There is no hiding my affection for Arian Foster. He is the greatest running back in the history of my favorite football team. It was sad to see him go, but I also thought it was the right thing the Houston Texans had to do.
A few months back, Foster had a preliminary visit with the Miami Dolphins. Admittedly, Foster himself said that he is still a month away from being ready for football action, and thus he left Miami without a contract.
So where will Arian Foster land?
The plain and simple truth is that even if Arian Foster is 100-percent come July, the likelihood of that lasting is not strong. The past three seasons have seen Foster play 25 of 48 games. Despite putting up monster numbers in just 13 of those games in 2014, Foster will be at the dreaded age-30 mark come opening week of the 2016 season.
Our friends at Pro Football Rumors wrote a compelling article on eight landing spots for Arian Foster. It’s pretty simple when it comes to signing Foster. If the team signs Foster to be their lead back, it is a high-risk, high-reward signing, especially at the amount Foster is going to command.
No, Foster needs to go to a system-based running scheme, with strong complimentary pieces at running back. The was the problem with the Houston Texans. The NFL has become a two-back league, in most cases it is even three-headed monsters that make up backfields. Where Emmitt Smith‘s and Edgerrin James were workhorse backs and the Mike Alstott–Warrick Dunn backfield combo were the exception to the rule, it is now quite the opposite. For every Adrian Peterson backfield, there are three Jeremy Hill–Giovani Bernard combos. Darren McFadden was the fourth leading rusher in the NFL this season and didn’t even have 1100 yards rushing. Just two years ago, everyone in the Top 10 had at least 1100 yards.
Anyway, starting with Ben Tate in the 2010 draft, the Texans tried and failed every year to bring in the guy to lessen the load on Foster. Every year we fans were told that we had the answer, and those backs — whether it was Tate or Alfred Blue or someone of the ilk — would tease us briefly, but then not really come to fruition as the ultimate complimentary back. That took a toll on Foster. Between catching the ball and running it, Foster was a beast, touching the ball nearly every play and getting hit just as many times.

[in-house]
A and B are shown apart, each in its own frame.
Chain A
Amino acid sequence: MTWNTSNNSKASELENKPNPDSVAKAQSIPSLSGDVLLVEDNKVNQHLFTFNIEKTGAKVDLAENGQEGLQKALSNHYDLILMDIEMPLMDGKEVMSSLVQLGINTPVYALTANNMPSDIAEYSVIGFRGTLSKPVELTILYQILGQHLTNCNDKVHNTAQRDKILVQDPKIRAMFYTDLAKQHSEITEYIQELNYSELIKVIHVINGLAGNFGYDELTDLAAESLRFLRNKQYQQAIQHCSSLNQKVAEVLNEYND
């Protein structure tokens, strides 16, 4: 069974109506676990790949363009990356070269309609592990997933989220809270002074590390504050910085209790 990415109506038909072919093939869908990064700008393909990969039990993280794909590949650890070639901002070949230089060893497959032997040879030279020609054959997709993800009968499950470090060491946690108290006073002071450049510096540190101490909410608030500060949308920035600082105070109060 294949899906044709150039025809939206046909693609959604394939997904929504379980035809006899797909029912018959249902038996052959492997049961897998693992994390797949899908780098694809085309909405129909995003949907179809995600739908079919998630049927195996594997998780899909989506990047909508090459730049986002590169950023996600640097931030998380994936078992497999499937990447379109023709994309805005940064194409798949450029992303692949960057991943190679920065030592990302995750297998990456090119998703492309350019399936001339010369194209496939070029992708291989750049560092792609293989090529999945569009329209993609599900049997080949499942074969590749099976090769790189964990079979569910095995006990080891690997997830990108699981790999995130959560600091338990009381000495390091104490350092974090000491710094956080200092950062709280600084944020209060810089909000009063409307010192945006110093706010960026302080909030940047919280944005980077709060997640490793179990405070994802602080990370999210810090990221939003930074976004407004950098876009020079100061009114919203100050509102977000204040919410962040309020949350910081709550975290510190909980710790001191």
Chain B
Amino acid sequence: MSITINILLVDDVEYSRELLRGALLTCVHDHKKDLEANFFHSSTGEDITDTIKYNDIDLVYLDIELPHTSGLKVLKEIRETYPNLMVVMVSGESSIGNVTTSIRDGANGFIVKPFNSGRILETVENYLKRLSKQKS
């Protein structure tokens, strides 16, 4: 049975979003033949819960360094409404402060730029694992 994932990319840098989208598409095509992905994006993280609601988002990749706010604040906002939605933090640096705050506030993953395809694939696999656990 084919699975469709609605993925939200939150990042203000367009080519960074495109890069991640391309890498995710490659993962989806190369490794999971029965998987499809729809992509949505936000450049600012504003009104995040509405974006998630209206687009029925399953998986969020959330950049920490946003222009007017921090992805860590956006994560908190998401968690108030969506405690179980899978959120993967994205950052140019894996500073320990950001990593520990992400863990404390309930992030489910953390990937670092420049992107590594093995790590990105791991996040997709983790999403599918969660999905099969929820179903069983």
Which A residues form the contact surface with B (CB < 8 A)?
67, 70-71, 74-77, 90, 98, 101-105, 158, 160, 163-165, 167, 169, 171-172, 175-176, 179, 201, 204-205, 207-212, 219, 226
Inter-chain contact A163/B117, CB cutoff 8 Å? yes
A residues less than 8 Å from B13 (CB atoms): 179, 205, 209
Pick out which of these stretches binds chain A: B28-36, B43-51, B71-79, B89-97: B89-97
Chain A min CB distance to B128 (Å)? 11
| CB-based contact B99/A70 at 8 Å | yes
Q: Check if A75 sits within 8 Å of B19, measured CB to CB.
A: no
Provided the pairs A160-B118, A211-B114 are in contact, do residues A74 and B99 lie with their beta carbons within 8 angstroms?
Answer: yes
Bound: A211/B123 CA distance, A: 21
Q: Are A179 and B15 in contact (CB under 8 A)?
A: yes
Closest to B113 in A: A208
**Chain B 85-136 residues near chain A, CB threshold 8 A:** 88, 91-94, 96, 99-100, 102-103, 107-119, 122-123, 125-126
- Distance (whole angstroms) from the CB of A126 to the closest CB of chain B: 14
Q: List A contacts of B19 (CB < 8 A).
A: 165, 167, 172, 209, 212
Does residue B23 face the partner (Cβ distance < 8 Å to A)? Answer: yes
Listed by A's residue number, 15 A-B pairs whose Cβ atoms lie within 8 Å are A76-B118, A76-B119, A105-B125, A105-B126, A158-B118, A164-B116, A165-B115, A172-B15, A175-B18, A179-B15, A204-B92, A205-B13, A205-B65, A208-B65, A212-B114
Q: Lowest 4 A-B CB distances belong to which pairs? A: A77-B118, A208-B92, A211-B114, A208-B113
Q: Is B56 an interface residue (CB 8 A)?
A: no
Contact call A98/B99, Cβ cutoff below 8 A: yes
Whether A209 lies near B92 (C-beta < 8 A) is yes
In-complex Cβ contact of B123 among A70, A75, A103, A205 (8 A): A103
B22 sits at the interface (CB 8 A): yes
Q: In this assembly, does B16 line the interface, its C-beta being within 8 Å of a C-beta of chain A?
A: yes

Foster’s athletic ability hasn’t declined, but his durability has. He needs to go somewhere that 10-15 touches a game is the goal and their is a coach strong-willed enough to keep the competitive Foster at bay.
That’s why I disagree with the Denver Broncos as the ideal landing spot for Foster. Sure he will be reunited with Gary Kubiak, sure they have a stout offensive line with a zone blocking scheme that is more favorable to Foster’s running attack, but Kubiak is soft. He would cave and let Foster run until he broke, even with C.J. Anderson and Ronnie Hillman in the backfield.
Originally the Dolphins looked like a favorable landing spot, but with their missing out on signing C.J. Anderson, not drafting a stud back and the uncertainty of future bell cow Jay Ajayi, too much could be expected of Foster in the Sunshine State.
The (hopefully soon-to-be Las Vegas) Raiders are an interesting landing zone. I’ve already discussed how I think the Raiders are loaded offensively and that they could be a team to beat this season. Latavius Murray showed two things last season. One, he is a good NFL running back. Two, he isn’t a full-time back. The Raiders offense is amped up this season, and a compliment to Murray could make them even stronger. Plus, there is just something about watching fast and agile players in the silver and black.
Foster would shine in the New England Patriots system. And we all know that Bill Belichick will keep him in check. If Foster doesn’t want to play by Bill’s Way and succumb to the possibility of an entire second half played by James White, Foster will ride the pine.
Foster likely won’t sign until August. Where he will land is anybody’s guess, but there are certainly teams that can use his services in the right role.